The coronavirus pandemic is causing a huge contraction and high unemployment in most economies worldwide. According to the St Louis FED projections, the economic American freeze could send the unemployment rate past 32%.
This may encourage policymakers to try new strategies, including unconventional monetary finance like helicopter money, that is, the creation of money by central banks and its distribution for free to taxpayers or companies in order to solve unemployment and economic problems.
That’s not just a conjecture. According to the Financial Times, Trump and his Secretary of Treasury, Stephen Mnuchin, are considering it. The President’s persistent criticism of FED over the last few years fits with the assumption of radical monetary policies.
But the issue of helicopter money is sensitive.
For manyeconomists it’s madness, or at least a last-resort monetary policy.
It calls to mind the unfortunate outcomes associated with printing money policies and hyperinflation: Argentina and Zimbabwe recently, or Germany in the 1920s
But according to some studies and a few economists, we should not rule it out; helicopter money could be a way of reviving the economy in a context of extreme crisis.
Its main goal would be to pay unemployed and laid-off people, without creating private or public debt; and to finance and revive some economic sectors and companies… in order to allow some normalcy.
The risks associated with helicopter money are real, but the pandemic we are currently living may justify it.
On the other hand, we are facing strong anti-inflationary forces in our economies, which may help its performance; and helicopter money is not necessarily the classic printing money, associated with uncontrolled public spending. It can be designed in several ways and tried tentatively, in order to keep inflation controlled.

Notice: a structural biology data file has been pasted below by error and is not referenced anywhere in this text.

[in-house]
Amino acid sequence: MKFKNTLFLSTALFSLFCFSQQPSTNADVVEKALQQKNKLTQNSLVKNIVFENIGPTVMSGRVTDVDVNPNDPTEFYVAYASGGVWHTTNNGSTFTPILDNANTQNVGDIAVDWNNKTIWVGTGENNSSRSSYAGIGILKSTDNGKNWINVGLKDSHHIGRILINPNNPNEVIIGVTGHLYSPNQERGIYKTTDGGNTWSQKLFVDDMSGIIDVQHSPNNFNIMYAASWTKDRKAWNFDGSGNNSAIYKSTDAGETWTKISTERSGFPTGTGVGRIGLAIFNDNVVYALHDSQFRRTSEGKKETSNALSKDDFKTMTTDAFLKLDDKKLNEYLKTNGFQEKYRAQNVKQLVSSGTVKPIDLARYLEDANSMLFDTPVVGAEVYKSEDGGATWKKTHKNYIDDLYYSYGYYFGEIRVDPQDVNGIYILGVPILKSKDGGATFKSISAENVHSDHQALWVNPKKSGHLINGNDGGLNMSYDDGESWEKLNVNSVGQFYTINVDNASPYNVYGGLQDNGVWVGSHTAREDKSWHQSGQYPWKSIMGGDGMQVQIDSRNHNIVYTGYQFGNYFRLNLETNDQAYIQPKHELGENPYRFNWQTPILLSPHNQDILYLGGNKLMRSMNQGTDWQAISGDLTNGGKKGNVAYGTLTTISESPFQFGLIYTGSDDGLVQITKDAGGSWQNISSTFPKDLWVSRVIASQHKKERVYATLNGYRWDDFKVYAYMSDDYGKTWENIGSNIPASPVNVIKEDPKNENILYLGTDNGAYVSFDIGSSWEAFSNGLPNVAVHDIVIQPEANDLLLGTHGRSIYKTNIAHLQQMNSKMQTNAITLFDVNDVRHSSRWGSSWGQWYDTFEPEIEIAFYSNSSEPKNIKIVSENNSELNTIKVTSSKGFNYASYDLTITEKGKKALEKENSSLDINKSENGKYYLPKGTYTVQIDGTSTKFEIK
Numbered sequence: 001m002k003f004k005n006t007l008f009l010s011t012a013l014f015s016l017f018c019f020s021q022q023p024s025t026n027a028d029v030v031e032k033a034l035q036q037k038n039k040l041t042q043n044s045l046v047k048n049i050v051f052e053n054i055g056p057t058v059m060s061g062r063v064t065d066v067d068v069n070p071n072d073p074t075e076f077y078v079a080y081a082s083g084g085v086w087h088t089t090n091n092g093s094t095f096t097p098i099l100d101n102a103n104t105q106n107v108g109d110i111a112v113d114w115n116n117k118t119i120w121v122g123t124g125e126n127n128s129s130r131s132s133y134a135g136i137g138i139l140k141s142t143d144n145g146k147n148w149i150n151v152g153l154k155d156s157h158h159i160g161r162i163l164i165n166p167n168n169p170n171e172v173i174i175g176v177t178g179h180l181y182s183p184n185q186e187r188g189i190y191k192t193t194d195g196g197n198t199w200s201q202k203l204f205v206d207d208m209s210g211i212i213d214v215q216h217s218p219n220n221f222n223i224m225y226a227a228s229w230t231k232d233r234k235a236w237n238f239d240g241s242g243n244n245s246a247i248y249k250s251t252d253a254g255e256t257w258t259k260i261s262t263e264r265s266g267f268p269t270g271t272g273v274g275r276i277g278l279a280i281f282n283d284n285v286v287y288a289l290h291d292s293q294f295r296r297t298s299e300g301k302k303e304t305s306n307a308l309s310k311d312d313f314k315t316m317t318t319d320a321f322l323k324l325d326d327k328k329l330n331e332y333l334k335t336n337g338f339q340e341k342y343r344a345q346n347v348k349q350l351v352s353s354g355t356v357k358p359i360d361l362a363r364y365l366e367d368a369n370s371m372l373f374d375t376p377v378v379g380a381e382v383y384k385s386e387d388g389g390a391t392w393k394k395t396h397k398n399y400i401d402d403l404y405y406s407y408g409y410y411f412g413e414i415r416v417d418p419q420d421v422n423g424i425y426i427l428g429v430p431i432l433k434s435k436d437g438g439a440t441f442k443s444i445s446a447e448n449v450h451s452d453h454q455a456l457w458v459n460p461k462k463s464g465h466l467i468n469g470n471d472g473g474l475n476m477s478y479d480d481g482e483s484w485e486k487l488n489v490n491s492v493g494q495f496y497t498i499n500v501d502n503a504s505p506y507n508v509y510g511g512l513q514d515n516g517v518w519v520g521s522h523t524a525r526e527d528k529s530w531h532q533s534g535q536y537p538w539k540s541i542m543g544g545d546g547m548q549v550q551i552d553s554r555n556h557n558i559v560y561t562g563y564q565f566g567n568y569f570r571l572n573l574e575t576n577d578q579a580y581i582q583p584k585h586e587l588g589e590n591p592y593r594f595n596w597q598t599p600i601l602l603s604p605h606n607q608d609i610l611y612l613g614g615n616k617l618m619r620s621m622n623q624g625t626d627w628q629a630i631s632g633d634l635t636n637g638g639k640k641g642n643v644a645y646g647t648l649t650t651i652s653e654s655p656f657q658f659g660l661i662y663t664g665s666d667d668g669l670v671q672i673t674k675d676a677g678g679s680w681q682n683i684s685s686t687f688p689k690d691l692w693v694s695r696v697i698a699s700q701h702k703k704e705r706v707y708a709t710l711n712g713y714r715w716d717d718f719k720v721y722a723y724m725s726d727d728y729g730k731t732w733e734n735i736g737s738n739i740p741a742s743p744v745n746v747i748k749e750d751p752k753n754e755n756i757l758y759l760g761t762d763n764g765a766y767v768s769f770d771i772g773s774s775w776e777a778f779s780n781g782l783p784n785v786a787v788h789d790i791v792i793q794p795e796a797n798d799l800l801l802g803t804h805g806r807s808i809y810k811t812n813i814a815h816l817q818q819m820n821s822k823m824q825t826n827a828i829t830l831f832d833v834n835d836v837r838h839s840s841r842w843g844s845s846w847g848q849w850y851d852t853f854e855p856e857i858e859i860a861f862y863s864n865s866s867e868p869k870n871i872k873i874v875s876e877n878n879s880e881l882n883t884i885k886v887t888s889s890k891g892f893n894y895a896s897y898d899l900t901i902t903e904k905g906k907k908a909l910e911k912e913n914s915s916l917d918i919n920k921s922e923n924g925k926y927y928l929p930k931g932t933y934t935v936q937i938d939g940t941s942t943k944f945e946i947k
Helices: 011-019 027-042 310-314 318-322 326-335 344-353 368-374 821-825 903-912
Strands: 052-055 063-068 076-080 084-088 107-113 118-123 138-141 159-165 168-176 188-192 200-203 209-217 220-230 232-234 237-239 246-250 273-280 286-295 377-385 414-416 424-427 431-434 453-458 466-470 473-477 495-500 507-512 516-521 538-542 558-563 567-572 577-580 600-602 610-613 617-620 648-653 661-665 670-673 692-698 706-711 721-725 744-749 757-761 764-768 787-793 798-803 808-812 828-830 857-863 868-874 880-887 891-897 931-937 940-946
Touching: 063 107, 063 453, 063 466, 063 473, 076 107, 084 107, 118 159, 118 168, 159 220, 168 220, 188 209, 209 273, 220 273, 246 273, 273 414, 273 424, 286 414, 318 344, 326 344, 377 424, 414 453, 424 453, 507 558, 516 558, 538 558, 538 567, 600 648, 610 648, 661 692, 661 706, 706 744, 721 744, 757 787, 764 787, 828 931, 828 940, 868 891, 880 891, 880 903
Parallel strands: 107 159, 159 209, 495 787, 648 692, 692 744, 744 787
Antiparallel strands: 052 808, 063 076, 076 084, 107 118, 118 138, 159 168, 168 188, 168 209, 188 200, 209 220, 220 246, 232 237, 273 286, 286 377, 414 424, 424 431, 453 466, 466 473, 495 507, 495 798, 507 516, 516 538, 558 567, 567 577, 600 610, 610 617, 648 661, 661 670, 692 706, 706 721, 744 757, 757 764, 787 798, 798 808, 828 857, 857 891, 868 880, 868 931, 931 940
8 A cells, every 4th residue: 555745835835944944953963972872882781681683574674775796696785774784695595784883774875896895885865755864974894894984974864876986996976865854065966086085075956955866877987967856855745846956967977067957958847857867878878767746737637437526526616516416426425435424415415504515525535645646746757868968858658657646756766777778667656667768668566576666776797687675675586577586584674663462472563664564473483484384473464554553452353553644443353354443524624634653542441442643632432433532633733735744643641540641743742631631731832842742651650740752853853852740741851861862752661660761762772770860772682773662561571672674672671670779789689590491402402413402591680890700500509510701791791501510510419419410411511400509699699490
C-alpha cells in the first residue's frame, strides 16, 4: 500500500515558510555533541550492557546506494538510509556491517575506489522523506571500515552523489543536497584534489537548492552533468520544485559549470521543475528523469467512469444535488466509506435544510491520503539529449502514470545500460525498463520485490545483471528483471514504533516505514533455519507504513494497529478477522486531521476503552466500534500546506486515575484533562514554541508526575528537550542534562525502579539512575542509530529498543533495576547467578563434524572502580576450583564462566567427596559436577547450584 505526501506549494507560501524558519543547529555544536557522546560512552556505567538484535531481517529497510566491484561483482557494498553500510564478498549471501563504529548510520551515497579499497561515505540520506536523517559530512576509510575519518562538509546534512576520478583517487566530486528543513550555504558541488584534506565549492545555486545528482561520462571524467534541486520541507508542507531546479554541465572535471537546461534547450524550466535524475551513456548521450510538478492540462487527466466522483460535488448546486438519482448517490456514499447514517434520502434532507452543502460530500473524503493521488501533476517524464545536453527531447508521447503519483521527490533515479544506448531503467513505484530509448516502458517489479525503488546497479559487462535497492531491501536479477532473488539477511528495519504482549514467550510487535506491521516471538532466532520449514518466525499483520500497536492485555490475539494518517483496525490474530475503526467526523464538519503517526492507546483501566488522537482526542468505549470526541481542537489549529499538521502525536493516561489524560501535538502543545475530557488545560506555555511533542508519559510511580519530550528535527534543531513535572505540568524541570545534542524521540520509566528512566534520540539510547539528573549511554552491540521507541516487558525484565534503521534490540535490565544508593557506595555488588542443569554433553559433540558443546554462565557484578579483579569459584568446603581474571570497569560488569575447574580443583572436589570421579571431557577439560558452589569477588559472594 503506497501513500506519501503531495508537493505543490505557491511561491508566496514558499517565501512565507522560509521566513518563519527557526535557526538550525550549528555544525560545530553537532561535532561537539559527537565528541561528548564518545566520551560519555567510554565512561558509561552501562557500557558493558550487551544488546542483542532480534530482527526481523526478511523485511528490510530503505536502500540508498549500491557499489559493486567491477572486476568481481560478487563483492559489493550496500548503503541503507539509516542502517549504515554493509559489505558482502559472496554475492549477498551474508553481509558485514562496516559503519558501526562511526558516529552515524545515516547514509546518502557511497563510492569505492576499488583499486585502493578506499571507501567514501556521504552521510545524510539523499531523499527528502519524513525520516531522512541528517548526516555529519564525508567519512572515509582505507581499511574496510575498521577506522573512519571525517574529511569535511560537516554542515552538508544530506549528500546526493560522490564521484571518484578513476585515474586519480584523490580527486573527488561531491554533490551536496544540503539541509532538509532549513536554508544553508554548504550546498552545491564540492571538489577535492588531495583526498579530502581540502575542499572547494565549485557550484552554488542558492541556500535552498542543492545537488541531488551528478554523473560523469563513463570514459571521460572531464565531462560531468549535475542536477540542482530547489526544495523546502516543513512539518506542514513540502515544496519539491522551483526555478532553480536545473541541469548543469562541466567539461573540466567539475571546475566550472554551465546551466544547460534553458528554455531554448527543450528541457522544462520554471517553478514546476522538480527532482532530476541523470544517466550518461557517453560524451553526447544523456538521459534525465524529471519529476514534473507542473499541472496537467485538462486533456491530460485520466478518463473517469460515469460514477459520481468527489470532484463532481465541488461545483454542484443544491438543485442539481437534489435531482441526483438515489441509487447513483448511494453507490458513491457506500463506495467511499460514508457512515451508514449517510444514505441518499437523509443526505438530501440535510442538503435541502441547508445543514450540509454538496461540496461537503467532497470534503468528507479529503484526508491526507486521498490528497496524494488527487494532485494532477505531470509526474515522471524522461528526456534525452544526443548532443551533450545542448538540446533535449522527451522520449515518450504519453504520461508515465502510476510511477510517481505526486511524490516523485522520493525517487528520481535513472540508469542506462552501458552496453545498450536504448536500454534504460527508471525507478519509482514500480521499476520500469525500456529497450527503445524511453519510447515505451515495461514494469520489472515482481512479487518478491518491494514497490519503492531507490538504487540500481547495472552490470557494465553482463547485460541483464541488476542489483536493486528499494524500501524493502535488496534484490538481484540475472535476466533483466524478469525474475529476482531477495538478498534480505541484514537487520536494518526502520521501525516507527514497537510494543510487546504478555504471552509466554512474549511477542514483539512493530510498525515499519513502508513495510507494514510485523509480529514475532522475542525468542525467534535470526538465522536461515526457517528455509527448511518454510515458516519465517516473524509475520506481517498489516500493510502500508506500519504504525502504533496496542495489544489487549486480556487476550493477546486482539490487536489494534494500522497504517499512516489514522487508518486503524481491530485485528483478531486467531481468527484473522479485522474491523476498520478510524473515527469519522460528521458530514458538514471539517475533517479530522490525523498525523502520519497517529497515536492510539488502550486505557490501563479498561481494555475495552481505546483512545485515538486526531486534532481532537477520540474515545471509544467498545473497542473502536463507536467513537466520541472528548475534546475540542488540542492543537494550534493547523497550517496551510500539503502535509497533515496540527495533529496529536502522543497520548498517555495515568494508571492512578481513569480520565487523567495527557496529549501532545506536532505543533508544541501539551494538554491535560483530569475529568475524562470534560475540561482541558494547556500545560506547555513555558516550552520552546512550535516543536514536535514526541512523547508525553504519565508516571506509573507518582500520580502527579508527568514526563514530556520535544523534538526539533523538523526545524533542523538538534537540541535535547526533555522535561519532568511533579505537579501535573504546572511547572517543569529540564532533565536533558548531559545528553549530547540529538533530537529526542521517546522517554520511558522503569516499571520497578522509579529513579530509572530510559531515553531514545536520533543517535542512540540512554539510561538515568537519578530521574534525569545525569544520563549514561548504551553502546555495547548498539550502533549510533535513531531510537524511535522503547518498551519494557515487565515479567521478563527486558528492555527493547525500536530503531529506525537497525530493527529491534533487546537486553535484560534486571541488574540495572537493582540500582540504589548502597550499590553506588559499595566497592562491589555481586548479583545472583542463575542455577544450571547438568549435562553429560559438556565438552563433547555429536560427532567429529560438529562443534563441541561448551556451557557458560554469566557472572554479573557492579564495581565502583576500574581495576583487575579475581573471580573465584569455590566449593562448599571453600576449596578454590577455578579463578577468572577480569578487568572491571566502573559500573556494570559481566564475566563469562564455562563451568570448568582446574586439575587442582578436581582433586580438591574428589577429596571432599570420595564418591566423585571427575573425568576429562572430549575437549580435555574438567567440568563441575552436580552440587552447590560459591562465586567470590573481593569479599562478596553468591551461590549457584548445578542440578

It’s not a universal tool, but in some countries and especially in Europe it could be a good tool.
Why Europe? Because of the role of the Euro, and the different situations in European countries, in terms of historical public debt and financial impact of the pandemic.
The Europeans could use Helicopter Euros to monetize the debts that are being created by the coronavirus – and also to monetize the rather unsustainable historical debt of southern countries. That could solve some of the deepest European problems.
The value of the Euro would fall (not necessarily a bad thing) and there would be a probable resurgence of inflation (also not necessarily a bad thing, if contained and kept under control). Some Northern countries could lose in the immediate, but the EU as a whole would gain a lot.
Anyway, that’s a highly improbable scenario. Fears and the German-aligned interests and views will not let it go ahead.
In short: there are many factors that should be considered, the most important of which may be the amount of money involved. The inflation outcome and its rates depend largely on the amount of money being created by the Central Banks.
Here are some posts about the issue:
What do economists thing about Helicopter Money?
How much Helicopter Money can be created?
Helicopter Money is different from Quantitative Easing
Monetary policies and helicopter money: China, USA and Europe
Helicopter money, Adair Turner and the end of the European project